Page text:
PHNOM PENH (Khmer Times) – After Chinese Vice Foreign Minister Liu Zhenmin announced Monday that territorial disputes in the South China Sea should be off the table at this week’s Asean meeting, Cambodian Prime Minister Hun Sen said he was happy to keep the issue on the sidelines.
“I do not take any sides in the South China Sea dispute,” he said, during an inauguration event for a Chinese-funded bridge outside Phnom Penh. “But I’d like to encourage countries concerned in the dispute to continue negotiations with each other.”
For Cambodia, this is familiar territory. As China’s influence in Cambodia has grown, so too has its unwillingness to support fellow Southeast Asian nations in counteracting China’s rapid maritime expansion, analysts say.
Vietnam, Malaysia, Indonesia, the Philippines and Brunei all contest China’s territorial claims, in an area that is a busy transport hub and potentially rich with oil and gas. They have called for a stop to construction that has seen China build islands throughout disputed areas, on which they’ve installed airstrips and ports.
Chinese influence in Cambodia
Alarming as this has been for its Asean neighbors, Cambodia has tacitly supported China’s designs, says Carl Thayer, Southeast Asia expert at The University of New South Wales.
“There’s no domestic cost to Hun Sen for standing by them on this,” Mr. Thayer said. “For him, shoring up Chinese support is essential. China is like a purring cat that knows it will be stroked.”
Chinese companies invested $427 million in Cambodia last year. Beijing has offered nearly $3 billion in loans since 1992. Last November, Chinese President Xi Jinping agreed to provide Cambodia with more than $500 million in development loans annually. On Monday, Cambodia’s government announced that China has displaced South Korea as the top source of foreign tourists for Siem Reap.
The two countries’ military ties have strengthened in recent years. In early July, just days after a clash along the Vietnam-Cambodia border, a delegation of 23 high-ranking Cambodian military officials visited China on what they called a “friendship-boosting” trip.
“Nobody else in the region has such a close relationship with China,” Mr. Thayer said.
A checkered history
That relationship was on display in 2012, when Phnom Penh hosted the Asean summit. Foreign Minister Hor Namhong, who presided over the 2012 meetings, is widely blamed for preventing a unified response to China’s aims in the region. For the first time in 45 years, the group failed to release a joint communiqué, after Mr. Namhong vetoed language pertaining to the conflict.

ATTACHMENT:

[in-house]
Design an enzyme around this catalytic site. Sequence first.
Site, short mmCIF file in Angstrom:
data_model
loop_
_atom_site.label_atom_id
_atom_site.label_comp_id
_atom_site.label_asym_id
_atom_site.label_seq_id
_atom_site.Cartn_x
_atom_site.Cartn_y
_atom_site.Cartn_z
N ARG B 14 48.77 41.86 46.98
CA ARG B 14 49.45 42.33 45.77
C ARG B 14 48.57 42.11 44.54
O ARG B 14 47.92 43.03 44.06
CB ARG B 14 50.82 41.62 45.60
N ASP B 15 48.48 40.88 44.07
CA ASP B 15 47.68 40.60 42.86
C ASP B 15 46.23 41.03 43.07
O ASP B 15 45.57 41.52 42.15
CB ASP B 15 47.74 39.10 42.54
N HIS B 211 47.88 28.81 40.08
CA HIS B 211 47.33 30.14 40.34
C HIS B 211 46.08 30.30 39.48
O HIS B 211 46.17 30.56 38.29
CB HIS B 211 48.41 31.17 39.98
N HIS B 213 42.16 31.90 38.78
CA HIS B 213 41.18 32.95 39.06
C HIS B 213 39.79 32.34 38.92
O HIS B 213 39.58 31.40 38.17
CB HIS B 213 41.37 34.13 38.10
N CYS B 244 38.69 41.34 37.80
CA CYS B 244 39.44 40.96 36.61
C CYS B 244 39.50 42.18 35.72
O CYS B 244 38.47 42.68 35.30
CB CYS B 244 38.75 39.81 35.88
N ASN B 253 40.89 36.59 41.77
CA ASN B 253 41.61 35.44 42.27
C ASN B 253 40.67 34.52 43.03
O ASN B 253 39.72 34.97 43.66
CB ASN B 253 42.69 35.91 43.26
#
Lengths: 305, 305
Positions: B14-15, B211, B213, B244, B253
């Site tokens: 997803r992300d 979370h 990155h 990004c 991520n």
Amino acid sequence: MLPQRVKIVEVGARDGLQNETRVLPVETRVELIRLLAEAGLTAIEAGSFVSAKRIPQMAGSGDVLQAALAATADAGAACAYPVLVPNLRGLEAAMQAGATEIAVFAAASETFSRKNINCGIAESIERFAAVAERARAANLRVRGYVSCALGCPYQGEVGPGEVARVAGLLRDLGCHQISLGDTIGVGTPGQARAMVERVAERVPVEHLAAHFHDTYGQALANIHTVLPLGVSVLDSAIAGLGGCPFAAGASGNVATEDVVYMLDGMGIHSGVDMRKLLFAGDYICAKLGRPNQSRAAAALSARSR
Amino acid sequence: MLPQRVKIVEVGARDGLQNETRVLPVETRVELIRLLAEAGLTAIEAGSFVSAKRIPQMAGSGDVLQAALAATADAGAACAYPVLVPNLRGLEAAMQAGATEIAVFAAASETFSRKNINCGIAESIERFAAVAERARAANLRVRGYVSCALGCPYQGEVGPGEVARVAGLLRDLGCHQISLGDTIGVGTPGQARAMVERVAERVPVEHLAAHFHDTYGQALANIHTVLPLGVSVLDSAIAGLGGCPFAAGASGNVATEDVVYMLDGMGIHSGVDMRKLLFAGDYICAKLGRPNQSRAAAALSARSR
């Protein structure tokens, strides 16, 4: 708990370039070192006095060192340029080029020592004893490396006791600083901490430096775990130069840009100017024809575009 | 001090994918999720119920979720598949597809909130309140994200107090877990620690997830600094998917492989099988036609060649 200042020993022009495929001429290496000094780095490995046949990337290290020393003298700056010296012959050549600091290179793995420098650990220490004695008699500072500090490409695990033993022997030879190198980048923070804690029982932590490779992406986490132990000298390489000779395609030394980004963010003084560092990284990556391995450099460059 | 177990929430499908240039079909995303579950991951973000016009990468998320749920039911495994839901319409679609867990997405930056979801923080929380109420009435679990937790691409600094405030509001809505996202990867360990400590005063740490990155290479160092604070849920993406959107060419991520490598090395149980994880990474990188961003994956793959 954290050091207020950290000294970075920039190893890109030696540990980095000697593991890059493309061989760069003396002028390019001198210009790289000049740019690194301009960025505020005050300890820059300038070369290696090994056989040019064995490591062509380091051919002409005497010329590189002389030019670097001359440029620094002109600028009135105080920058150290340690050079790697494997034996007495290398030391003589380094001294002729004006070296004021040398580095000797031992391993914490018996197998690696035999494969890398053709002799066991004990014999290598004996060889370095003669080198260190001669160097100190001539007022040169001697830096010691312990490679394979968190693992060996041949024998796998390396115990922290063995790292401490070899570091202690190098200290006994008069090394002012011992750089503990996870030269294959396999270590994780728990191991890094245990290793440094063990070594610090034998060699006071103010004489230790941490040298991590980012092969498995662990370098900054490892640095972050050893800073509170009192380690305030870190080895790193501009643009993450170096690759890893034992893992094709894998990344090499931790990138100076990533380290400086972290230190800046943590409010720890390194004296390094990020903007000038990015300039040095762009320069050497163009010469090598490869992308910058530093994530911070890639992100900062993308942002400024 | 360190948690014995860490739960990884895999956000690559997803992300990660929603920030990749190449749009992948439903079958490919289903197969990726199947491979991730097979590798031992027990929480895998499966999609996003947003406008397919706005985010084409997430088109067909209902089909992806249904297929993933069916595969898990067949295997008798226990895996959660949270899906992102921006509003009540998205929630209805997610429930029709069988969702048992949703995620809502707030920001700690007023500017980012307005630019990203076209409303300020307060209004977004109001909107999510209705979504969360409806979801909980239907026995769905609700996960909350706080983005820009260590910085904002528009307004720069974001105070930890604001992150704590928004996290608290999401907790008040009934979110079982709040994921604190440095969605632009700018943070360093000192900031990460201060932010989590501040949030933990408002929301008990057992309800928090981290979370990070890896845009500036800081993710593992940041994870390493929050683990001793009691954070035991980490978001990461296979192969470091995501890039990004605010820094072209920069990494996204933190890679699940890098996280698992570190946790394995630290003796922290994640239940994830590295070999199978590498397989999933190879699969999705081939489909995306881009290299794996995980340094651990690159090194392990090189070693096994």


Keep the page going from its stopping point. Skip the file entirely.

Chheang Vannarith, an Asia-Pacific Studies lecturer at Leeds University, says that putting blame for the 2012 summit solely on Cambodia is unfair.
“Cambodia’s international image has been downgraded because of the 2012 fiasco,” he said. “However, they have stuck to the principle of non-interference and pursue a neutral position in the South China Sea.”
In late July, Mr. Namhong told reporters that Cambodia should act as a mediator between Asean countries and the Chinese. But Mr. Thayer says Cambodia has neither leverage nor trustworthiness in the region.
“I don’t see any role for Cambodia in this,” he said.
In response to China’s desire to avoid the South China Sea debate at the summit, the United States and several Southeast Asian foreign ministers have called on China to address territorial concerns. Malaysia’s Foreign Minister Anifah Aman told reporters yesterday: “ASEAN can and should play a vital part in effecting an amicable settlement.”
Meanwhile, United States Secretary of State John Kerry is scheduled to meet with his Chinese counterpart, Wang Yi, Wednesday morning. State Department Spokesman Mark Toner told reporters in Washington yesterday that Mr. Kerry would bring up the territorial dispute with Mr. Yi, despite Chinese objections.
“This is a forum in which critical security issues need to be brought up and discussed,” Mr. Toner said.
Alongside the Philippines, the US has pledged to call for a halt to island building, military deployments and other “aggressive” actions.
Although the US has been outspoken in criticizing China’s South China Sea expansion, Mr. Thayer doesn’t expect a direct confrontation.
“The US and China are walking on eggshells, trying to outdo the other at being peaceful and non-aggressive,” he said. “At this point, all you can do [in the South China Sea] is prevent militarization.”